Shengliver’s Note: This revised entry features one of my former teenage students, Mr Zheng Junyi.


Who Is Zheng Junyi?


Zheng Junyi is doing his last year of high school. He will sit the National Matriculation Test in June 2010. I did not teach him from the very beginning. He joined my class in the first term of Grade 2.


He comes from a village in Fangxian, a satellite county of Shiyan City. His home is in that village but only his grandma lives there all year round. His parents have been working in the city of Leqing, Zhejiang Province, as migrant workers for several years. My school is a boarding school located in the regional capital, so Junyi lives on campus most of the time throughout the year. When vacation comes, he goes back home to join his grandma in the hamlet.


The other day, Junyi did the daily talk in front of his classmates. Talking excitedly in simple English on the platform, he announced to the class a big piece of news—his parents would come back for the Spring Festival this year. They will arrive in Shiyan next week. We all shared his joy. It is two years since the boy stayed with his parents. For the past two years, he has been in touch with them on the mobile. I said that Mr and Mrs Zheng would be surprised by their son’s change. A teenager grows fast. The lad must have grown taller and stronger. I asked him, “Will you hug or kiss your parents when you meet them, Junyi?” The teens burst into laughter, for we Chinese are not that explicit about our emotions.


Two Yuan


I read Junyi’s journal entry for this week. What he wrote touched me when I was reading it. I think the boy in the story was himself. But he did not use “I” in his narration. Instead he used “he”. Shengliver will recount the story as follows.


A boy was staying with his grandmother in the hamlet. It was winter vacation, the Spring Festival a few days off. In the home were only the boy and the granny.


The boy missed his parents. “How I wish they were home!” the boy murmured. He knew his mother’s phone number and he decided to call her.


He reached into his pocket and fumbled there for the two coins he had saved. “I have got two yuan,” he said to himself.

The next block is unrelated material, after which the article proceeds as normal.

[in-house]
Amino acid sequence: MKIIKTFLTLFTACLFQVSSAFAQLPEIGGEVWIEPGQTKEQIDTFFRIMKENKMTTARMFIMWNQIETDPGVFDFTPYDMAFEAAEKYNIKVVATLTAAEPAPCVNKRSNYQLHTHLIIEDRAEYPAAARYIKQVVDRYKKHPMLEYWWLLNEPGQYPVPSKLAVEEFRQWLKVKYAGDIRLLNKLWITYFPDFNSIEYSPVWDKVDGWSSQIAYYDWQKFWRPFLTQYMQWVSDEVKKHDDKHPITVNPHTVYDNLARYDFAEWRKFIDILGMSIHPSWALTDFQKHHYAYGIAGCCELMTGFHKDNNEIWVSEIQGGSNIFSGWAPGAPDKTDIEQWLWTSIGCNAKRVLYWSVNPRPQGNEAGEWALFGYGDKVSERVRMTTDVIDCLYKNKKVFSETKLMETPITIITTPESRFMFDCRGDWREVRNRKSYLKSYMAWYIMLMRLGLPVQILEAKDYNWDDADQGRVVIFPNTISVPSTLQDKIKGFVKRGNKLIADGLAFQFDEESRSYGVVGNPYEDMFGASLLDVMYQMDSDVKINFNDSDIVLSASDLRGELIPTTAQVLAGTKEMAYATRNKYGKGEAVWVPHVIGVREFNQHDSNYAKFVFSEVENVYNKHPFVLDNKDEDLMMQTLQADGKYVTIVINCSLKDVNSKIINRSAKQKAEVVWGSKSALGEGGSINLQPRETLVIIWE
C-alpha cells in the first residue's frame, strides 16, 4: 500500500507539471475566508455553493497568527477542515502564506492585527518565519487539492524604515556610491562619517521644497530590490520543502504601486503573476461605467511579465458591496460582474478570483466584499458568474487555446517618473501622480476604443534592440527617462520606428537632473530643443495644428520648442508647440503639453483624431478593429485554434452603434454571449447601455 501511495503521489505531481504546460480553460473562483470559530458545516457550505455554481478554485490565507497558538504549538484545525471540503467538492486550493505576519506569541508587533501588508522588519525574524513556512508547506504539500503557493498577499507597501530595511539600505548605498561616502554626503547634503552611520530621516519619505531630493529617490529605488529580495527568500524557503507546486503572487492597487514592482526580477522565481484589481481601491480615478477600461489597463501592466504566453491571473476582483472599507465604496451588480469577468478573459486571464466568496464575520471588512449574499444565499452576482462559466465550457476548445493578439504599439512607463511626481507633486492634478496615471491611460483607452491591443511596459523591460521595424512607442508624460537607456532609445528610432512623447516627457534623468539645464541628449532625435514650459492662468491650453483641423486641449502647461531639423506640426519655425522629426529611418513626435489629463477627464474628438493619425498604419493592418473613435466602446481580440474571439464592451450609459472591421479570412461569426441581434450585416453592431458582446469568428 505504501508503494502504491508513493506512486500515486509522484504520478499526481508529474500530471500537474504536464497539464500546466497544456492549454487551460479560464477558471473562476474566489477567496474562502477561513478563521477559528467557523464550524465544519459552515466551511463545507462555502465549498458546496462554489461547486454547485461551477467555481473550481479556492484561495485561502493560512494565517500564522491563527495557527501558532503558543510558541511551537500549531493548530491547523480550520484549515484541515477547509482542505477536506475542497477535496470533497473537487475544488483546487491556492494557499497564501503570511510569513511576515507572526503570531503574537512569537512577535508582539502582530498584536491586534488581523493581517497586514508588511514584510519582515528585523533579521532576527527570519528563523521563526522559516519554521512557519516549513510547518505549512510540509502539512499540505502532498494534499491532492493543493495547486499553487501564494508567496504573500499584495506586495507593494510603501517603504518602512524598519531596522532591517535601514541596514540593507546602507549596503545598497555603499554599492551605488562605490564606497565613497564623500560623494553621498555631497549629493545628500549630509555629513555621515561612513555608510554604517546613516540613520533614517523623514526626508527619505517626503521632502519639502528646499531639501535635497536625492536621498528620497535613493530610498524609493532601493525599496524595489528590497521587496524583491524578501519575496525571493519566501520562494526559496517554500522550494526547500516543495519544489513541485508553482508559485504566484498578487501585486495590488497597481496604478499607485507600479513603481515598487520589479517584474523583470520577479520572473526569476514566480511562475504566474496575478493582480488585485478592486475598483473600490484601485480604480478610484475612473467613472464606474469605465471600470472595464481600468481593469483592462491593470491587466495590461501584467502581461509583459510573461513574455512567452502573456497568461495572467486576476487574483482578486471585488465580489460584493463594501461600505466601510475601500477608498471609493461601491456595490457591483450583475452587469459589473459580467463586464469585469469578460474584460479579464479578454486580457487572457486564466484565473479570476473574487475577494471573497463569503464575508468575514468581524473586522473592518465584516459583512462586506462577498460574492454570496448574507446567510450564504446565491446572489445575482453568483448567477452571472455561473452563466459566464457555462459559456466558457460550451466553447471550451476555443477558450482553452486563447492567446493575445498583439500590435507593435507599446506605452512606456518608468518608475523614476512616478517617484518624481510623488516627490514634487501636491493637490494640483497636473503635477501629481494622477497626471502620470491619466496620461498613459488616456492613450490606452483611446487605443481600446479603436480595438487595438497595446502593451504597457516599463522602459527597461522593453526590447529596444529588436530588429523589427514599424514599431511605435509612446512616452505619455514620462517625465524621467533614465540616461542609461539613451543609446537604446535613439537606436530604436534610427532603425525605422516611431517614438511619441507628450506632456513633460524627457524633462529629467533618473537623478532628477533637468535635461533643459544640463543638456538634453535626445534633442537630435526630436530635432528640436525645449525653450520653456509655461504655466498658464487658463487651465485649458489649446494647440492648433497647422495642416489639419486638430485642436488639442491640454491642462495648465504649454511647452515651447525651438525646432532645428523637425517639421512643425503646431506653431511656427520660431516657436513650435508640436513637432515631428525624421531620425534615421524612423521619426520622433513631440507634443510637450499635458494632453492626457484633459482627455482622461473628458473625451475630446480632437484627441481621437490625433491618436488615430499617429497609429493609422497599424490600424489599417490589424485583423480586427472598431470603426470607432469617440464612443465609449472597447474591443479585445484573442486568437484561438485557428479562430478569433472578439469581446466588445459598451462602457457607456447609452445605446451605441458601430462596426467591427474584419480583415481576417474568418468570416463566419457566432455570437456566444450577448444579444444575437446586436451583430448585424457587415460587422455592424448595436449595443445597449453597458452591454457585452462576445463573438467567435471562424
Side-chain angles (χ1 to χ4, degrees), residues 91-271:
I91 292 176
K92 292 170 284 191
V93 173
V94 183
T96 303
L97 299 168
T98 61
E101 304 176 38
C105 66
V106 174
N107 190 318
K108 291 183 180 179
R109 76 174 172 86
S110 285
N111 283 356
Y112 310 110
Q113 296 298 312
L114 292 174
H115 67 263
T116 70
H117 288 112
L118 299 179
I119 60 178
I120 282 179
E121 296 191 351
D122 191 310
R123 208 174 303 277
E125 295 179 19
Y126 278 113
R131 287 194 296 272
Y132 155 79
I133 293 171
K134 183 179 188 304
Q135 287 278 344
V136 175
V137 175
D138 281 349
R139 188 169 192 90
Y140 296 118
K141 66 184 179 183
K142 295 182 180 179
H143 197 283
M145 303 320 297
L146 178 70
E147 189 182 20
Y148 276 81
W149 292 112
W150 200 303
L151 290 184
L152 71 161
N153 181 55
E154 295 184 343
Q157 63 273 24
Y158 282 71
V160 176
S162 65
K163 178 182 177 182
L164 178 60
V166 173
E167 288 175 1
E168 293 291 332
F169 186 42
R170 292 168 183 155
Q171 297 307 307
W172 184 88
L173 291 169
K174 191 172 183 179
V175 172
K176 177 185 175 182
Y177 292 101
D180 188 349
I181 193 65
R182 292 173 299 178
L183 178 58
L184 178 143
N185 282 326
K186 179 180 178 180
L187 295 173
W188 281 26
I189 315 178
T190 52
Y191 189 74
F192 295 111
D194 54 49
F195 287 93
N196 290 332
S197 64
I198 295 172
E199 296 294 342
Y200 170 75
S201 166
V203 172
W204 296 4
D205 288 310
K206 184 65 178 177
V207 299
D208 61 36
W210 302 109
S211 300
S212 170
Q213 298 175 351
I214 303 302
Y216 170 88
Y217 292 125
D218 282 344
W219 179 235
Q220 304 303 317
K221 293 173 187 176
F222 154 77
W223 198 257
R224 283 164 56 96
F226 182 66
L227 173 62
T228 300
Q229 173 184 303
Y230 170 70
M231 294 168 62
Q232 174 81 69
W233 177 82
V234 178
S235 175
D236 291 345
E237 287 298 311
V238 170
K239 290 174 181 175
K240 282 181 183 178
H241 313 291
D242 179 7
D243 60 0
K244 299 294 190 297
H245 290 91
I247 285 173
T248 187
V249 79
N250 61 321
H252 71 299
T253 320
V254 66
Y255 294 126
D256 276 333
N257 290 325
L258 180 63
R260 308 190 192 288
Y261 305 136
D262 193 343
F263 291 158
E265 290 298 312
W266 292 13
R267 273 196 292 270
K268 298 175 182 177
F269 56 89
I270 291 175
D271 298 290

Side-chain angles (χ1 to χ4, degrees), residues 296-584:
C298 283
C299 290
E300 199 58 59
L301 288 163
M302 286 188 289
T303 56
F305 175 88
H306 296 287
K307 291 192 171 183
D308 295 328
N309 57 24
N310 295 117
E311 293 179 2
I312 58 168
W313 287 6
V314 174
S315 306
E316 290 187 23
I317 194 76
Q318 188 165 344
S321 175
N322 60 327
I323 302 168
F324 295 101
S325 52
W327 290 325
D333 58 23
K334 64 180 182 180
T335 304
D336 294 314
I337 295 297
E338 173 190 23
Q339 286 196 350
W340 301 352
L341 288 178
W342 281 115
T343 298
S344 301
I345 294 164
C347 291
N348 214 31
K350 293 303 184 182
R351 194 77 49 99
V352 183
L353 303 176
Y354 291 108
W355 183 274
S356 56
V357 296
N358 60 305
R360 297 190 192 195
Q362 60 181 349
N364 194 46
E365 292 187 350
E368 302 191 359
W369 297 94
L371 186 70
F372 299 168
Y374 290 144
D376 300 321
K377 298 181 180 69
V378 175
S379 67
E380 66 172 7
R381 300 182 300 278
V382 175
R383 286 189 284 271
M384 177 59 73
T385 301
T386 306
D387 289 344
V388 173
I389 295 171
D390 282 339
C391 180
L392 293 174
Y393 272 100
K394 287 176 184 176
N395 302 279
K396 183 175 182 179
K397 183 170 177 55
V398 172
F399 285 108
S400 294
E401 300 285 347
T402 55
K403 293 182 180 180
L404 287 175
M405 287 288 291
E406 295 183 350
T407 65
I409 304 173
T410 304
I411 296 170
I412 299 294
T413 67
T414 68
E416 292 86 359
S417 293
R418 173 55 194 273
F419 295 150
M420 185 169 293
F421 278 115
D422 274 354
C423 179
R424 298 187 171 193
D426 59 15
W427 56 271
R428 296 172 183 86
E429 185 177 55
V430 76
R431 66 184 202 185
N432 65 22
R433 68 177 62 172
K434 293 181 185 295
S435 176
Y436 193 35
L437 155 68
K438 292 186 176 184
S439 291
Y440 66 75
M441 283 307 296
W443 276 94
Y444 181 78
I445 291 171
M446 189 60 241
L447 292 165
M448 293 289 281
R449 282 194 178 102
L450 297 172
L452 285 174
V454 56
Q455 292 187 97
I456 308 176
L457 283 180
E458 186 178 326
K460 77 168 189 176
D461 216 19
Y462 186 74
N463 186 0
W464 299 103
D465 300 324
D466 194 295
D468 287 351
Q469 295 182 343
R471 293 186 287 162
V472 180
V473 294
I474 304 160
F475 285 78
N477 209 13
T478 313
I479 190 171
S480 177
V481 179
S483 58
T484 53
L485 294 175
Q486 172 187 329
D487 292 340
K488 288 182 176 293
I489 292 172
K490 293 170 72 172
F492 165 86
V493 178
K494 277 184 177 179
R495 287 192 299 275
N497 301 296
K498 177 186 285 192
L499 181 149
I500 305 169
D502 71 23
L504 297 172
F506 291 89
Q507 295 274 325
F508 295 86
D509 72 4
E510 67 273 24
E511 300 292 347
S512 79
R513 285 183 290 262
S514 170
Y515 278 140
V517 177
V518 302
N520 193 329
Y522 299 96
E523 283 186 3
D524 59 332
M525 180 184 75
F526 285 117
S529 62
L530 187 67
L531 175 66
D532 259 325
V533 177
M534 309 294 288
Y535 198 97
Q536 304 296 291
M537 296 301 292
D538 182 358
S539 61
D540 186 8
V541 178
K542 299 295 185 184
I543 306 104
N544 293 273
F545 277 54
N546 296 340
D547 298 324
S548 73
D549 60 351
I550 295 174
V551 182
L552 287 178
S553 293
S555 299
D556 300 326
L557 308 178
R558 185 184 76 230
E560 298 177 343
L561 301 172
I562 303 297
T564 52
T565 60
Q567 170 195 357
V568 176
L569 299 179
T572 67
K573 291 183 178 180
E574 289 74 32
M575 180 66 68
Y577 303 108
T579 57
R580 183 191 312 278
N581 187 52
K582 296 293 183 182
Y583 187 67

He ran to the village shop. Besides selling groceries, the shopkeeper also had a payphone installed on the premises. The villagers who had no home phone often came and used the payphone calling their family or friends. And if a caller from elsewhere dialled this number and asked the shopkeeper to go and fetch someone he wanted, the shopkeeper would go and get the man. After a call, the shopkeeper would charge the villager who answered or made it one extra yuan apart from the rate for the call. A meter that went with the phone timed a call.


When Junyi reached the shop, he told the owner he would make a call. “I have only two yuan, sir,” Junyi said. The man nodded a go-ahead.


Junyi picked up the receiver and dialled the number he kept in his mind. It was a long number and he remembered it well. He had practised this number mentally so many times.


The line was through. At the other end of the line was Junyi’s mother.


“Mother, will you and father come back this year?”


“Dear, we wish we could. But you know, this time of year is when our business is best. And it is very difficult to get a train ticket. It would cost an arm and a leg. We are saving for your high school, son.”


“I see, mum. But I miss you and daddy,” the boy sniffled.


“We will come back next year, son and—”


The line went dead. Junyi realised that the shopkeeper had disconnected it. His two yuan was not enough for him to talk on.


Junyi put down the receiver and slowly trudged back home, where his granny was waiting for him to have supper.


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